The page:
JUNEAU (AP) -- Competing visions of the Permanent Fund's future dueled Wednesday in a Senate committee.
Sen. Jerry Mackie presented his plan to pay out half the $27 billion fund in $25,000 dividends next year, then end the dividend program forever and use the earnings on the rest of the fund to balance the budget.
''The public has taken an attitude that the Permanent Fund is only there for their Permanent Fund dividend,'' said Mackie, R-Craig, repeating his belief that the big payout is the only way the public will allow the fund's earnings to be spent on government. ''It is at least an incentive, a negotiation with the public to try to break that hold.''
Then Sen. Lyda Green plugged her proposal to protect the existing dividend program by putting it into the constitution. Green, R-Mat-Su, contends the dividend must be protected before lawmakers can even begin talking about spending the fund's surplus earnings.
Roughly half of the fund's average annual earnings over the past five years is used to pay the dividend, which increased to a record $1,769.84 last year. While the fund itself is protected by the constitution, the dividend is governed by laws that could be changed by the Legislature at any time.
''Let this wonderful program continue by not paying out a one-time $25,000 dividend,'' Green said. ''With this simple revision, nothing changes. It continues as it is.''
The Senate Finance Committee didn't vote on either idea, but peppered the sponsors with questions.
The future of both measures in the Legislature is uncertain. Both are constitutional amendments, so they would need two-thirds votes in the House and the Senate and a statewide vote in November to pass.
For Green, the questions focused on the possible tax implications of her plan. The fund's earnings are currently not subject to federal taxes, but Ron Lorensen, an attorney for the Alaska Permanent Fund Corp., warned that might change if the dividend were enshrined in the constitution.
Such a protection would give people a constitutional right to the dividend and prevent the Legislature from doing anything else with the money, Lorensen said, increasing the risk that the Internal Revenue Service might try to tax the fund.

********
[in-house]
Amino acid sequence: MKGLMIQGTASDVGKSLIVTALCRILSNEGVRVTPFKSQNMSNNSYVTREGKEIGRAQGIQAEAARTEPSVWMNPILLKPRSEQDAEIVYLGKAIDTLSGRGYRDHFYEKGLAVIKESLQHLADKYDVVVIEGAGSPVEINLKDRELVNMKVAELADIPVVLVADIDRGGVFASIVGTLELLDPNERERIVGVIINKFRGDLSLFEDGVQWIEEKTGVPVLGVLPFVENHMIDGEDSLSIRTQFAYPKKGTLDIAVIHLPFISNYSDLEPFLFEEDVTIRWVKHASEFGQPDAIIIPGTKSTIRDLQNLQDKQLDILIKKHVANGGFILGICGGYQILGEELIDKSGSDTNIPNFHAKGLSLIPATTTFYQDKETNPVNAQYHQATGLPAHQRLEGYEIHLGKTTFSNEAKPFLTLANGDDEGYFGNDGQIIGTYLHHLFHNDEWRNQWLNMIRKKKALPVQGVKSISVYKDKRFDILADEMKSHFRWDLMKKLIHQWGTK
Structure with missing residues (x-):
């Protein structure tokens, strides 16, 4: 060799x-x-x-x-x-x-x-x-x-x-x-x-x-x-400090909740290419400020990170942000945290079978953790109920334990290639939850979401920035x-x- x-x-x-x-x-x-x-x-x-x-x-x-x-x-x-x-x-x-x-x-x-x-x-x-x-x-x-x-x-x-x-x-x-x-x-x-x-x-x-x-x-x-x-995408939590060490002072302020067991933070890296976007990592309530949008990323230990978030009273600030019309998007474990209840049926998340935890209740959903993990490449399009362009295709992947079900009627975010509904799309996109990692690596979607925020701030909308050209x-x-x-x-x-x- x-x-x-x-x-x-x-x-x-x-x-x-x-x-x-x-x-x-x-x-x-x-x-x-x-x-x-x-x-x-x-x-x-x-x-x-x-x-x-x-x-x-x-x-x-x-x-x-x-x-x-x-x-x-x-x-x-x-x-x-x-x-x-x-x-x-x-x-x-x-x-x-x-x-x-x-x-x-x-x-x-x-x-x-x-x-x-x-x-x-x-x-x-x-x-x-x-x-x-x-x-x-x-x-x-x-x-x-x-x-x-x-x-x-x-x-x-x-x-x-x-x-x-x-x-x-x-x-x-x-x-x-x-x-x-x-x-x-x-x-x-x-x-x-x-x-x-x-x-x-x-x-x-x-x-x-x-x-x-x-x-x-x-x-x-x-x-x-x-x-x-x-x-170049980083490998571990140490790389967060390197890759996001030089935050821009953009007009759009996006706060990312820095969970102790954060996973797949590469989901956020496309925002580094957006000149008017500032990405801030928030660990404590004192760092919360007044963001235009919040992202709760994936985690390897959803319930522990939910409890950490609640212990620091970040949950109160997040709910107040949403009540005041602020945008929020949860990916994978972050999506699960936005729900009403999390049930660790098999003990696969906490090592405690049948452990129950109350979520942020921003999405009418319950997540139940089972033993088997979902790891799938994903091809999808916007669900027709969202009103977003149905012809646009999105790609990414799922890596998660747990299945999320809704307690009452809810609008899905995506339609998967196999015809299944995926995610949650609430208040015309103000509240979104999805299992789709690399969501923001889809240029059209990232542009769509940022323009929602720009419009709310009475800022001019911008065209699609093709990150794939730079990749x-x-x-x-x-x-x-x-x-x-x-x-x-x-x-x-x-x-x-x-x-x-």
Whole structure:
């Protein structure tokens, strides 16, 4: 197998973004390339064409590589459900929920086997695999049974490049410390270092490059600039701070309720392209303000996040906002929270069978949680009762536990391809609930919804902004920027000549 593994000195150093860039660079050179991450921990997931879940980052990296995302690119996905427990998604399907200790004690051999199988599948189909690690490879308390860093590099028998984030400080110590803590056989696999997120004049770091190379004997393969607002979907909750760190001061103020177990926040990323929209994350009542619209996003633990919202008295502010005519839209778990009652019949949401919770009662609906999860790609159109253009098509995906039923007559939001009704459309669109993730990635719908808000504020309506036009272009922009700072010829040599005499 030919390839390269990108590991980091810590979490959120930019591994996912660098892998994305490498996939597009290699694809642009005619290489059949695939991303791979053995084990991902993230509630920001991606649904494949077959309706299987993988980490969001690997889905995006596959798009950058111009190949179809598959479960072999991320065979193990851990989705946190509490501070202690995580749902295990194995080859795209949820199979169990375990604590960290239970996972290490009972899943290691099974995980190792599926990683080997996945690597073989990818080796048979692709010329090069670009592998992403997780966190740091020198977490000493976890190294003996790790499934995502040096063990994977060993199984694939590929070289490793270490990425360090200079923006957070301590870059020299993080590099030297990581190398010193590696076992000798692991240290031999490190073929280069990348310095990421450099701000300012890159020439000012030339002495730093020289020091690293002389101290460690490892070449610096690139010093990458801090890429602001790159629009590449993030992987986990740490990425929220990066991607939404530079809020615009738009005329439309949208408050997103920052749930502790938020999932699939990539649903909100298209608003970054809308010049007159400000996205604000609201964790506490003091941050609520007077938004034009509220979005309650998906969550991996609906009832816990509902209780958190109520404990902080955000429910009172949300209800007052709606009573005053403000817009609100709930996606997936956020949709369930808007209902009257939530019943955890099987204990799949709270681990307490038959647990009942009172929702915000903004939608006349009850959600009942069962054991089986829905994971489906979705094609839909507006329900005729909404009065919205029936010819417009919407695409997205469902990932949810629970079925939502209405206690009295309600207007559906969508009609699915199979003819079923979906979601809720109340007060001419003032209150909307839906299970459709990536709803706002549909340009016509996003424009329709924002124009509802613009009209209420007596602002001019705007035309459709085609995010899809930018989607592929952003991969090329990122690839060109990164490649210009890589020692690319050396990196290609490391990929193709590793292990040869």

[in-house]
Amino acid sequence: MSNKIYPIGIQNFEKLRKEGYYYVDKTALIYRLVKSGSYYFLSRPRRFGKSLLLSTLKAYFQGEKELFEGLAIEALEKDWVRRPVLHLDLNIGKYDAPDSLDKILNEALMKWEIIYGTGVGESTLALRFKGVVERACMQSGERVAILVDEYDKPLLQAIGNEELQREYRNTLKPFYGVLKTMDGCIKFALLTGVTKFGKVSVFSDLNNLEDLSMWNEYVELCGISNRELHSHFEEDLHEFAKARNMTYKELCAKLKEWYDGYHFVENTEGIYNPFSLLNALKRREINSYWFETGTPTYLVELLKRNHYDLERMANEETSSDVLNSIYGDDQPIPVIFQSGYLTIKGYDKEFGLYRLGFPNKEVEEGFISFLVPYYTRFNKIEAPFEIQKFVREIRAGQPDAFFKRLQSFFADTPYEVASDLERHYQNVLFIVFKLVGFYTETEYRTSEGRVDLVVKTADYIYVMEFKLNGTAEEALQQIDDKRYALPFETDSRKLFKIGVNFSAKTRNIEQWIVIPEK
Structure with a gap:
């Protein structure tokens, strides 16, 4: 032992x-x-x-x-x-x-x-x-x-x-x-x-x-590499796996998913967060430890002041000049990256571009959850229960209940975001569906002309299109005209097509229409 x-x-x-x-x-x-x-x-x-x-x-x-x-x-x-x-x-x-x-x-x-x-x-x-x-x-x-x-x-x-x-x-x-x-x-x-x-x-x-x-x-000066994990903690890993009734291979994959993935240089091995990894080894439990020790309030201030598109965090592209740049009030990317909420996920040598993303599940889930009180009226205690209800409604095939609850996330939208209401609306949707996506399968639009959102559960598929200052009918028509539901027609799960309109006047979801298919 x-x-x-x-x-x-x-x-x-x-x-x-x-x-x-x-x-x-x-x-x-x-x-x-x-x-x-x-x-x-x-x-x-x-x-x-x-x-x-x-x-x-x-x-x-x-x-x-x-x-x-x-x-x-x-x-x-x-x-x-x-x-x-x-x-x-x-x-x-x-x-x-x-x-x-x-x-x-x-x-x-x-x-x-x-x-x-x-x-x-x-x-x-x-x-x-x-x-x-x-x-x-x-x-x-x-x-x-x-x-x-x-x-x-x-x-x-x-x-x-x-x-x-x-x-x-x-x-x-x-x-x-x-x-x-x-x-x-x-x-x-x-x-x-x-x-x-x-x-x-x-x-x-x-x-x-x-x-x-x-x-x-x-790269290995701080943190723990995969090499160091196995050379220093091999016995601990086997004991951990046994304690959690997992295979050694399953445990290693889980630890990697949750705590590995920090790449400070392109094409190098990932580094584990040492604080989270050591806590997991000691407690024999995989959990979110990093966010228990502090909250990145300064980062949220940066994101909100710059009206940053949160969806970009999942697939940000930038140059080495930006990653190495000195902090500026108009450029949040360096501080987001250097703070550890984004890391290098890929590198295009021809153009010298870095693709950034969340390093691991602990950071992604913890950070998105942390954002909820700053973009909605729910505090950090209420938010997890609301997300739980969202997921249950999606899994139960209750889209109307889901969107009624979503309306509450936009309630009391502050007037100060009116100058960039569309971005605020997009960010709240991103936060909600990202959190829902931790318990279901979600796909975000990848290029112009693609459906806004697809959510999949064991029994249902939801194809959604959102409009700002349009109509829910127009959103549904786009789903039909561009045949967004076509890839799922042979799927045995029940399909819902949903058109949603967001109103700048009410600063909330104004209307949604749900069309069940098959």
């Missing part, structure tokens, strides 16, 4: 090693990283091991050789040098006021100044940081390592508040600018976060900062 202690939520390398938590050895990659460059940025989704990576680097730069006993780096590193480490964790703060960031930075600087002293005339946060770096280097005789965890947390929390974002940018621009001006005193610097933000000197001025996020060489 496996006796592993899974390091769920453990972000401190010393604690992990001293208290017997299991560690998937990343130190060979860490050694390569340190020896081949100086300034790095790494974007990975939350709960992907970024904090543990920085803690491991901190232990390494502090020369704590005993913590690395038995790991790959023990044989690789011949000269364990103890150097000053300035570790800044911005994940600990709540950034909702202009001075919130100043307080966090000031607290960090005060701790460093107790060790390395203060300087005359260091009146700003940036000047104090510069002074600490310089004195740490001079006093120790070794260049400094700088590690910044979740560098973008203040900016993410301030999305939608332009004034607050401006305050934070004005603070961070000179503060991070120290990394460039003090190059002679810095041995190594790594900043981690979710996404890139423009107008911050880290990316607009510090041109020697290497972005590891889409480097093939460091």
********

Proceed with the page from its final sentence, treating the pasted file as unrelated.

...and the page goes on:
''When you create a private interest in governmental funds, you lose the governmental tax exemption,'' Lorensen said.
Green disputed that conclusion, noting that her proposal still leaves the Legislature the power to change who is eligible for the dividend.
''There's no proof the IRS will tax the Permanent Fund any differently,'' Green said.
The questions aimed at Mackie ranged from the big tax bite the IRS would take from the mega-dividend to the prospect that many people might take the money and leave the state.
Mackie conceded the tax burden was probably unavoidable, and said Alaska would be better off without people who only live here because of the dividend.
''I say don't let the door hit you in the butt on the way out,'' Mackie said.
Sen. Loren Leman, R-Anchorage, and Green also asked Mackie whether he thought it was appropriate that people who received the big check would still qualify for welfare, Medicaid and other public assistance programs.
Mackie responded by citing Health and Social Services Commissioner Karen Perdue's belief that many welfare recipients would use the money to get themselves off welfare permanently.
Another committee member asked whether the plan would be unfair to future generations of Alaskans.
Mackie conceded that point, but countered that there's no guarantee the dividend will survive after the next few years, when a gap between state spending and other revenue is expected to eat up the smaller reserve that is used to balance the budget.
''The Legislature is going to have no choice but to tap into the earnings,'' Mackie said.
Sen. Pete Kelly, R-Fairbanks, came to Mackie's defense.
''The question is, do future generations get a check? Well no, but they do get schools, the university and public safety.''
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